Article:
Have you ever asked yourself what are Parabens? I know I did a few times until I decided to do some digging and research what these things are myself. Here is a blog for you to check out that covers this subject matter. Parabens come in various different names such as: methylparaben, ethylparaben, propylparaben, butylparaben and isobutylparaben, to name a few. You will personally find parabens listed on thousands of body care products such as lotions, shampoos, body washes, deodorants, face powders, foundations, mascaras, and you may even find them in some foods. Do not be surprised if you discover these ingredients in many of the personal care items you use on daily basis, however, be aware of the following findings below.
In the 1990s, parabens were deemed xenoestrogens―agents that mimic estrogen in the body. “Estrogen disruption” has been linked to breast cancer and reproductive issues. And in 2004 British cancer researcher Philippa Darbre, Ph.D., found parabens present in malignant breast tumors. As a result, experts in many countries are recommending limits on paraben levels in cosmetic products. What’s more, watchdog organizations worry that if parabens can be stored in the body, over time they could have a cumulative effect and pose a health risk (Gage).
Parabens are known as Endocrine Disruptive Chemicals (EDCs). Once inside the body, EDCs can affect the endocrine system through a multitude of specific mechanisms that can target different levels of the hypothalamic-pituitary-gonad, thyroid, and adrenal axes, ranging from effects on hormone receptors to effects on hormone synthesis, secretion, or metabolism; therefore, they can have far-reaching health implications throughout the life course (Meeker, 2012).
One recent Danish study, however, raised concerns. It showed that parabens could be detected in the blood and urine of healthy young male volunteers a few hours after paraben-containing lotions were applied to their skin. The authors concluded that since the chemicals could be absorbed, metabolized and excreted, they ‘could potentially contribute to adverse health effects’. As preservatives, use oregano, thyme, rosemary, goldenseal root, grapefruit seed extract or lavender oil in various combinations (Best Health Mag, 2008).
You may ask yourself, well why do so many companies use parabens in their products, the answer is simple they are cheap ingredients that do not cost very much to produce, and they preserve products. We at Olga’s Organics of course DO NOT use parabens in our formulations, and are completely Paraben Free. Instead as listed above in the article by Best Health Mag, we at Olga’s Organics utilize only natural (costlier) remedies for preserving our products such as; lavender oil, Vitamin E, grapefruit extract, etc.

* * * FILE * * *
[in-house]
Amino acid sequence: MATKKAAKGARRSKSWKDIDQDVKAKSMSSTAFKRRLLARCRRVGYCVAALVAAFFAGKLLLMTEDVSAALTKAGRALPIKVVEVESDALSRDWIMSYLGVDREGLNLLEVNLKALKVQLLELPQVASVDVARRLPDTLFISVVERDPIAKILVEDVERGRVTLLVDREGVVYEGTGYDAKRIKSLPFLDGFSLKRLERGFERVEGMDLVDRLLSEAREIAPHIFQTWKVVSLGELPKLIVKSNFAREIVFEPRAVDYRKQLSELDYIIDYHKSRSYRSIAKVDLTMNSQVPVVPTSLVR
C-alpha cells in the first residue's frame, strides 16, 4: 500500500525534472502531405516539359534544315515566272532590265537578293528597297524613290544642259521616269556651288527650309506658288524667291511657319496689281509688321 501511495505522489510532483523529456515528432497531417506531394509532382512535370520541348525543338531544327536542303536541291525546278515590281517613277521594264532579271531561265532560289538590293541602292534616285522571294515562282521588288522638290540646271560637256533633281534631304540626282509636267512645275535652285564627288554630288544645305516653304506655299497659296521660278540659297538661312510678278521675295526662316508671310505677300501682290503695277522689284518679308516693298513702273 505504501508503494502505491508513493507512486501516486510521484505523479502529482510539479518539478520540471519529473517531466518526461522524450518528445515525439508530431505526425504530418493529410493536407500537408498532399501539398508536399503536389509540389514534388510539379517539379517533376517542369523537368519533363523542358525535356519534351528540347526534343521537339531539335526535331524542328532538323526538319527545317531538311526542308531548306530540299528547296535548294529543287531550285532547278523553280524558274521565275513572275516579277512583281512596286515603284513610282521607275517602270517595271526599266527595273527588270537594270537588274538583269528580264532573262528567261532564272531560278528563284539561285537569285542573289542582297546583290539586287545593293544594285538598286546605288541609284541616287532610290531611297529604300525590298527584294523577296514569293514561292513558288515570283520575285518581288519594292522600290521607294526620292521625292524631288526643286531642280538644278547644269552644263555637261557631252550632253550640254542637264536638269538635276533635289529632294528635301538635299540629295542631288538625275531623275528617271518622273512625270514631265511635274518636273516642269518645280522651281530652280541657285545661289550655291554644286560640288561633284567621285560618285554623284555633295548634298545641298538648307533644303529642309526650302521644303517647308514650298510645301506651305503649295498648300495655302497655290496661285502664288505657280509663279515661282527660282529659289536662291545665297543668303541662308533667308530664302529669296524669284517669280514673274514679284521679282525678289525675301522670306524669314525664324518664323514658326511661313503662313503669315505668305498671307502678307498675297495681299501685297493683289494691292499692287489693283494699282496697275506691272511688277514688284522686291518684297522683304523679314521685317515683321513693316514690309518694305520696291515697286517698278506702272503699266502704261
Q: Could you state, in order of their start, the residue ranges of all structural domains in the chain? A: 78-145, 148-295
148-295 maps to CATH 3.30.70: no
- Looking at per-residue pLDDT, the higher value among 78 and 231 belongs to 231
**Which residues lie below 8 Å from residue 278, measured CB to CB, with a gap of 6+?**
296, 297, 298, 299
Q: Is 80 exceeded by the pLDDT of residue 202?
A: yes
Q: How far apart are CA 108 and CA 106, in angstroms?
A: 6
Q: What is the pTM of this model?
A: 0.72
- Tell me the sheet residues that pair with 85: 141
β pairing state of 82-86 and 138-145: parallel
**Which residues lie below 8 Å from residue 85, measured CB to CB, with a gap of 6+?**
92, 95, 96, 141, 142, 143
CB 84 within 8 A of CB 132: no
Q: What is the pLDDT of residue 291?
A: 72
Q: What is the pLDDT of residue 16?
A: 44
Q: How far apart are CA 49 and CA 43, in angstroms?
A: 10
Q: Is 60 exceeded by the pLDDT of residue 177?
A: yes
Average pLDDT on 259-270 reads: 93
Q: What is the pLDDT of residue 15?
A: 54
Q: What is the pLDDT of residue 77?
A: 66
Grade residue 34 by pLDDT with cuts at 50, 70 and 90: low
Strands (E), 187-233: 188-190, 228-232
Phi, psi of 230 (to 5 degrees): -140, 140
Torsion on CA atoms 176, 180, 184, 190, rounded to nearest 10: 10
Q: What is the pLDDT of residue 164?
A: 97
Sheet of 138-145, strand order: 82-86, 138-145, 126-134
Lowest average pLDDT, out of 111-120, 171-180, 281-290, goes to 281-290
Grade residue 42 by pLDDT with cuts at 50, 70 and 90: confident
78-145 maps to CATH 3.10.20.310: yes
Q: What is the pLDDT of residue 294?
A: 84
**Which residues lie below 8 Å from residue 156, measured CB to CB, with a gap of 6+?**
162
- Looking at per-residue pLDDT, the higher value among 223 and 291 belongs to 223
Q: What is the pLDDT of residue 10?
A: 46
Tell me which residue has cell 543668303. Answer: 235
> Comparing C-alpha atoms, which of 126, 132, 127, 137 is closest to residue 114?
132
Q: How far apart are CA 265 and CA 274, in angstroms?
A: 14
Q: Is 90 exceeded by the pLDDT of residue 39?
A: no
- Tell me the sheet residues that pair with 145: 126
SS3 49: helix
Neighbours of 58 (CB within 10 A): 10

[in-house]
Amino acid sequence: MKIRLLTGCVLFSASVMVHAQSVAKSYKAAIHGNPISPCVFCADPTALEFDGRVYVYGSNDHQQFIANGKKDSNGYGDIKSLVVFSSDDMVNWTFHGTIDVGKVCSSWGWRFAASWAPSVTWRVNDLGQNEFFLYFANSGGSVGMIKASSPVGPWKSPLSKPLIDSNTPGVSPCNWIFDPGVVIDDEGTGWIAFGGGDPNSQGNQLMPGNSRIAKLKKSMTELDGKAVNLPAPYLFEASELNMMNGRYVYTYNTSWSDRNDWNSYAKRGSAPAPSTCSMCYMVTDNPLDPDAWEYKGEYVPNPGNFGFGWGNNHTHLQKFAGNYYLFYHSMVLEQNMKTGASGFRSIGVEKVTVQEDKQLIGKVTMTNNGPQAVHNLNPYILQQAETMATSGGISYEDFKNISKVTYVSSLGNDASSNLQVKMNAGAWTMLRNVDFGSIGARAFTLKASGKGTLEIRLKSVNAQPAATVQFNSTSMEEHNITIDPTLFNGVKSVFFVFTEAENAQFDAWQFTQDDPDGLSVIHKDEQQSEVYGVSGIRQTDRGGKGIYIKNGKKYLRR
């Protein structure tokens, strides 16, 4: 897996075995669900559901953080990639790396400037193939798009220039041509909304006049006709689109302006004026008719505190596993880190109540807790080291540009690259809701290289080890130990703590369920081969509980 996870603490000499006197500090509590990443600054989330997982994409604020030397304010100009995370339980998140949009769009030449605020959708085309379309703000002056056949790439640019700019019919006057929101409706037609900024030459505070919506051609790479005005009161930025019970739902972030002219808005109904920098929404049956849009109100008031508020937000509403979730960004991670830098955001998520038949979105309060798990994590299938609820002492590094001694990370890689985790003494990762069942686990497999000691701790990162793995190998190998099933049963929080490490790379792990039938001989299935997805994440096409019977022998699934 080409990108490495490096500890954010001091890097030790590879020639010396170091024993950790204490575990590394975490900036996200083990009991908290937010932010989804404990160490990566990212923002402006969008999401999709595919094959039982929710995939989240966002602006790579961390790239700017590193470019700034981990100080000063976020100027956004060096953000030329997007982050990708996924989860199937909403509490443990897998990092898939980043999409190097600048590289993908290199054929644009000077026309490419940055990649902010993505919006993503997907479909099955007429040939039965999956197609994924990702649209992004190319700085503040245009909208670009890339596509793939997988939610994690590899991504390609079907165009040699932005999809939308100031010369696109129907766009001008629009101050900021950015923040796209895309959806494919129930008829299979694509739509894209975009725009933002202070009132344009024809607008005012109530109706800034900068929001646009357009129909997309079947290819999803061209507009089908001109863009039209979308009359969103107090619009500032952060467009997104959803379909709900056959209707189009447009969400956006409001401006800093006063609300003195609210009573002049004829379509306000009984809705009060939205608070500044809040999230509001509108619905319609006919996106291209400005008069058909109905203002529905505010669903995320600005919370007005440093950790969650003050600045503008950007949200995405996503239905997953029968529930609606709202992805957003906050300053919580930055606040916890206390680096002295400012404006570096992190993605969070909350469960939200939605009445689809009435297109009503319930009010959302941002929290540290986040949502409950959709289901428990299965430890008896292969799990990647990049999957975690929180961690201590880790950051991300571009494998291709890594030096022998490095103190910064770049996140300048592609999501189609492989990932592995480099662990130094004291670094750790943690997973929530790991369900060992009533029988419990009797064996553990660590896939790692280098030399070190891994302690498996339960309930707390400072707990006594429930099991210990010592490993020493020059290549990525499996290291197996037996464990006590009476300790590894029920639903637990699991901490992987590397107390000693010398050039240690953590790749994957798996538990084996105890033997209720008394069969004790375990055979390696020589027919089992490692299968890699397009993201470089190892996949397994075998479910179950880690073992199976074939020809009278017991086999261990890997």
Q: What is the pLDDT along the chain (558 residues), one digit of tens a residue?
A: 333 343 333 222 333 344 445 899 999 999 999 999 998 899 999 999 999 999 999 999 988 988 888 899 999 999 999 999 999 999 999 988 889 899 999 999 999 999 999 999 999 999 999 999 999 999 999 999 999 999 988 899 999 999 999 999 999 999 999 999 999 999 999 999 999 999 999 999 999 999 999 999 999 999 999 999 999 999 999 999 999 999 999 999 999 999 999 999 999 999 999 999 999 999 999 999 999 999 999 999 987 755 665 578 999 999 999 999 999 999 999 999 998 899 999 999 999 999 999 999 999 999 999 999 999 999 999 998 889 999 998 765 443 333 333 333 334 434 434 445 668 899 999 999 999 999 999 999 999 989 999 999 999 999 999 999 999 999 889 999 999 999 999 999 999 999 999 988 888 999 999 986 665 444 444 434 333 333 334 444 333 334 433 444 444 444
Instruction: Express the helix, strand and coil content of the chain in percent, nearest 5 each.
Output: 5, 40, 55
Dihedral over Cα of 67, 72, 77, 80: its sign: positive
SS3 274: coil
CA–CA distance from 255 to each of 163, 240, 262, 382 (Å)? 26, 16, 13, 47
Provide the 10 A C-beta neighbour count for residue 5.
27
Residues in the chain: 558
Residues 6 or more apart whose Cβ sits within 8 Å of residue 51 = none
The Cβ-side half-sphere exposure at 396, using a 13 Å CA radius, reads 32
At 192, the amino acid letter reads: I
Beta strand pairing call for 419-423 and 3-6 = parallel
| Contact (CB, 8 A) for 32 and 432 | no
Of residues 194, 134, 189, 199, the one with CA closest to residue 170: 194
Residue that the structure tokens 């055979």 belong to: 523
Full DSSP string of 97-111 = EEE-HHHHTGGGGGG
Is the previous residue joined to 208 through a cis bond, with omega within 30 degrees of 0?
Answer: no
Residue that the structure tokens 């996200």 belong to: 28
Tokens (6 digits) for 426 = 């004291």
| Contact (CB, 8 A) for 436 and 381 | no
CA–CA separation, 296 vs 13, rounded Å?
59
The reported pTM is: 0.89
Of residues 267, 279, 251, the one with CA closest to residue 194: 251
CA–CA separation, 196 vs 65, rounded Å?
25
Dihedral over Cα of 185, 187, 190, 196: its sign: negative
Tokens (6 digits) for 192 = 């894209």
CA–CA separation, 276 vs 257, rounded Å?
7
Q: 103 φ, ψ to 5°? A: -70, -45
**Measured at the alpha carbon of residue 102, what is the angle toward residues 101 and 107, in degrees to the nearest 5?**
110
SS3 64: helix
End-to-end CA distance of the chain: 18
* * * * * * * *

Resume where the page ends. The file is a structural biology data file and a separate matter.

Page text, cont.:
Scientists continue to study the effects of these endocrine disruptors and have investigated possible links to miscarriage, premature birth, birth defects, deficient sperm, obesity, metabolic disease, bone density and breast cancer. But how much exposure might lead to these health risks simply isn’t known, and scientists cannot ethically conduct tests to directly show such effects (Adams, 2014). European Union (EU) has taken a precautionary approach when it comes to parabens, and completely banned 5 of them from personal care and cosmetics. Unfortunately, United States (US) is not as far advanced as EU when it comes to these chemicals. We sure hope with time, US will have stricter regulations when it comes to parabens that resemble more closely to the EU guidelines.
So how do you avoid parabens from your routine? If a product’s label says paraben-free, that provides clarity, otherwise, it could be found in said product under vague names like ‘fragrances’ (Adams, 2014). Additionally, there has been evidence found from various studies that showed the more toiletries you use, the higher the likelihood of finding parabens in your body. A good rule would be to reduce your items you use in your body care routine, and only use USDA Organic products that are plant based and completely natural for you and your skin. In conclusion, our advice is to gradually remove parabens from your body and skin care routine, with a goal of complete elimination. Our prerogative is “Better safe than sorry”.
Hope you enjoyed reading this blog post and learning something new regarding some of these common ingredients in the conventional makeup and body care industry. If you liked this blog, please share it along with your friends. The more awareness there is about this topic, the better! Please comment below for topics you would like us to cover in the future.
Adams, J. U. (2014, September 1). Are makeup and lotions harmful? If you're worried, avoid fragrant products. Retrieved June 06, 2016, from https://www.washingtonpost.com/national/health-science/are-parabens-and-phthalates-harmful-in-makeup-and-lotions/2014/08/29/aa7f9d34-2c6f-11e4-994d-202962a9150c_story.html
Parabens: What are they, and are they really that bad? (2008). Retrieved June 05, 2016, from http://www.besthealthmag.ca/best-looks/beauty/parabens-what-are-they-and-are-they-really-that-bad/
Gage, E. N. (n.d.). What Are Parabens; and Do I Need to Worry About Them? Retrieved June 5, 2016, from http://www.realsimple.com/beauty-fashion/skincare/worry-about-parabens
Meeker, J. D. (2012, June 12). Exposure to Environmental Endocrine Disruptors and Child Development. Retrieved June 06, 2016, from http://archpedi.jamanetwork.com/article.aspx?articleid=1171946#ENDOCRINEDISRUPTINGCHEMICALS